In late summer, McLean with his wife, Suzanne Haviland, a veterinary acupuncturist, and their three young sons traveled to Oregon in their ’86 VW Golf. He removed the back seat and made a frame to fit all the car seats, then stored all the gear underneath. They drove almost 750 miles on one tank of his bio-diesel fuel, getting 43 to 53 miles per gallon. “The faster you go, the poorer the mileage,” he notes. The main problem when traveling is finding another supply of biodiesel, he adds. McLean is putting out a plea for some sort of coalition and listing to let people know where alternative fuel sources can be found.
McLean and Stocker are building a biodiesel plant that will have the potential to make 1000 gallons a day. They built the small one they are now using from used materials, and it makes about 33 gallons. They collect used cooking oil from restaurants and stockpile it until they have enough to make a batch, filtering the oil before cooking.
McLean has learned that diesel engines, including the first one, built in 1893, originally were meant to run on vegetable oil; that first engine ran at 200 RPMs.
Growing all of their own vegetables will be among McLean and Haviland’s future endeavors. Right now, building their house, raising three young sons, pursuing their careers and producing biodiesel take most of their time. They do have good compost piles heating.
Don McLean, DVM, came to the practice of veterinary medicine after several years of working at jobs that challenged him physically and taught him many building skills. He attributes his experience in 4-H as a youth with fostering his interest in the care of animals, and he was drawn to veterinary medicine when he decided to change careers. “I wanted to do something to help animals and country folk,” he said, “and make enough money to live on and have some control over my life.”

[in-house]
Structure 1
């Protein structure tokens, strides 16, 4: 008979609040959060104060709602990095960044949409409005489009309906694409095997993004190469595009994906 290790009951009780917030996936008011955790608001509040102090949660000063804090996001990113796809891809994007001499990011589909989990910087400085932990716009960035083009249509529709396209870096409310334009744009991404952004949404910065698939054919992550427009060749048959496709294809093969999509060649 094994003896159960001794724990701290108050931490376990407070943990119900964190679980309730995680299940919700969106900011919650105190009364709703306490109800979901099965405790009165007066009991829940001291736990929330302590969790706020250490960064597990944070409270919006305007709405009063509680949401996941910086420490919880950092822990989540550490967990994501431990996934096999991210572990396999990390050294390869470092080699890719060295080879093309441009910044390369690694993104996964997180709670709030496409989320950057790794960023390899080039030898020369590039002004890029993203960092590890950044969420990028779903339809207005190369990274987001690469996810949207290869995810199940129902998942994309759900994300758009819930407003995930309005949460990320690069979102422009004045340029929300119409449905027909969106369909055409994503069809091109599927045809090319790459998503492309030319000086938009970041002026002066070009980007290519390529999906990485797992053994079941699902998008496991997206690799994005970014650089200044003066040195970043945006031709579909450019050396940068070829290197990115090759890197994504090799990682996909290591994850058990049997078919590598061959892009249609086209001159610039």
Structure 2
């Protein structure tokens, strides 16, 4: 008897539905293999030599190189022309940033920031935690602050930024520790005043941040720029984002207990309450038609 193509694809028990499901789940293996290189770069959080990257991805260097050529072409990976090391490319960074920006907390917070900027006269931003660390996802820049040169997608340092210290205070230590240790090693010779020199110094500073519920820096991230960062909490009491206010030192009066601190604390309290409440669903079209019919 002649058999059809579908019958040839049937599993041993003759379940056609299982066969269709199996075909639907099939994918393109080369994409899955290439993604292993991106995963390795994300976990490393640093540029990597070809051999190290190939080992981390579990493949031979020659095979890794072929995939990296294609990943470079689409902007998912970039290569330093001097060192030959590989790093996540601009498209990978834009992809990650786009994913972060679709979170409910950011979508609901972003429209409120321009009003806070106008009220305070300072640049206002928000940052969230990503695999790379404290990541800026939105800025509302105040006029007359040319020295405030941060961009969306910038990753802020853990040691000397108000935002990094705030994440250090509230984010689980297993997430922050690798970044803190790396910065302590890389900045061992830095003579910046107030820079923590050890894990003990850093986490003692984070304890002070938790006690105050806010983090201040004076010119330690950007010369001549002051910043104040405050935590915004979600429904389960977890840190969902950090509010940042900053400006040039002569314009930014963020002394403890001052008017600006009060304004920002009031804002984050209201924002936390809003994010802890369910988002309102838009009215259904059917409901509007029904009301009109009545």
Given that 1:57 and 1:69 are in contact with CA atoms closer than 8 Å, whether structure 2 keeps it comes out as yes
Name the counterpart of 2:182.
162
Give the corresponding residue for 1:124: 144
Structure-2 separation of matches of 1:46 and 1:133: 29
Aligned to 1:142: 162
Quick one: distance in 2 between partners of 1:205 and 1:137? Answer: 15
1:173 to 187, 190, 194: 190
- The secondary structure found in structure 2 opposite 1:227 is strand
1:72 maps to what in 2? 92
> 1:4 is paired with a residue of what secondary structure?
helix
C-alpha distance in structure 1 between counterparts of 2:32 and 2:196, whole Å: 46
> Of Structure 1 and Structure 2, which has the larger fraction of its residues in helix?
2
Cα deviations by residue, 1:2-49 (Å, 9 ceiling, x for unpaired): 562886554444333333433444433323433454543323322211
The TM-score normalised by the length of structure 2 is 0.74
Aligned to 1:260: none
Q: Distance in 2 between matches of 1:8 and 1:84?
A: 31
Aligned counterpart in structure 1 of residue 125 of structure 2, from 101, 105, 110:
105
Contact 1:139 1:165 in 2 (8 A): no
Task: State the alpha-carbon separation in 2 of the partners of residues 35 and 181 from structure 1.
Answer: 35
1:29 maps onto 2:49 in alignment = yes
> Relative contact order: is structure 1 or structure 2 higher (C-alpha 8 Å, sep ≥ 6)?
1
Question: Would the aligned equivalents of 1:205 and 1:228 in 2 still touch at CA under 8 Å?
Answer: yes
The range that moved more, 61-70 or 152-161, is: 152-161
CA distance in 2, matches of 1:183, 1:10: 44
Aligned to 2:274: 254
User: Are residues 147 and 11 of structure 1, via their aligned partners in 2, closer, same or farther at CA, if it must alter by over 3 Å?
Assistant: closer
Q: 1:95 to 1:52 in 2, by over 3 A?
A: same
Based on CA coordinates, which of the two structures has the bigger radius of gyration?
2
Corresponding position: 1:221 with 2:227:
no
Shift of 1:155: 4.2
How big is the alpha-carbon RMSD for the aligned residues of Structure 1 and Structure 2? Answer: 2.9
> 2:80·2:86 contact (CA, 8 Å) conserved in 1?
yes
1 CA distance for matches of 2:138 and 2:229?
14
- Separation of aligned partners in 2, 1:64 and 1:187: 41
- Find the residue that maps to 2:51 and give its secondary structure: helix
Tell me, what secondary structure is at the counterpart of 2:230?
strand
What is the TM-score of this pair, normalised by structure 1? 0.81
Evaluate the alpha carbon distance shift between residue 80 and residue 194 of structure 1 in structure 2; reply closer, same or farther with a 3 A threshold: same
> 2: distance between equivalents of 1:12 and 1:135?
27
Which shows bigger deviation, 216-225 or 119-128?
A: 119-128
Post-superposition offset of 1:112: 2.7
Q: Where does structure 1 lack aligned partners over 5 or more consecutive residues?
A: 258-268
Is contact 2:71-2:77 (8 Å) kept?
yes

He treats his animal patients with a holistic approach that takes into account the entire situation involving the animal, not just the presenting problem. “I prefer to use treatments that are natural whenever possible,” he says, but that wouldn’t exclude the use of conventional medicine. If animal owners are willing, he likes to use folk remedies and herbs when appropriate. For example, raspberry leaf improves smooth muscle tone and the contractions of labor and can be helpful in birthing with goats, cows and sheep. He might suggest comfrey for bone bruises and common plantain for scrapes. Blackberry leaves can be helpful for diarrhea, he continues.
Some of the natural treatments he uses are folk remedies he learned from old-timers in Oregon; others he has learned from study. Corinne Martin, an herbalist in the Bridgton area, has been helpful in this area, he says, and he uses her book, Earth Magic.
Being able to take a sick animal and make it better is deeply satisfying, McLean observes. “There’s a lot of joy when things go right. The flip side is the anguish when things go wrong.” There’s always room for improvement, more to learn about healing, he says, but a certain level of attrition is unavoidable. “The fact is, some animals are going to die. That’s part of the natural process and we can’t control it. We all return to the earth eventually.”
About the author: Joyce lives and gardens in the western Maine foothills and writes about people whose efforts to live a saner life might interest other people as they do her. She contributes to The MOF&G frequently.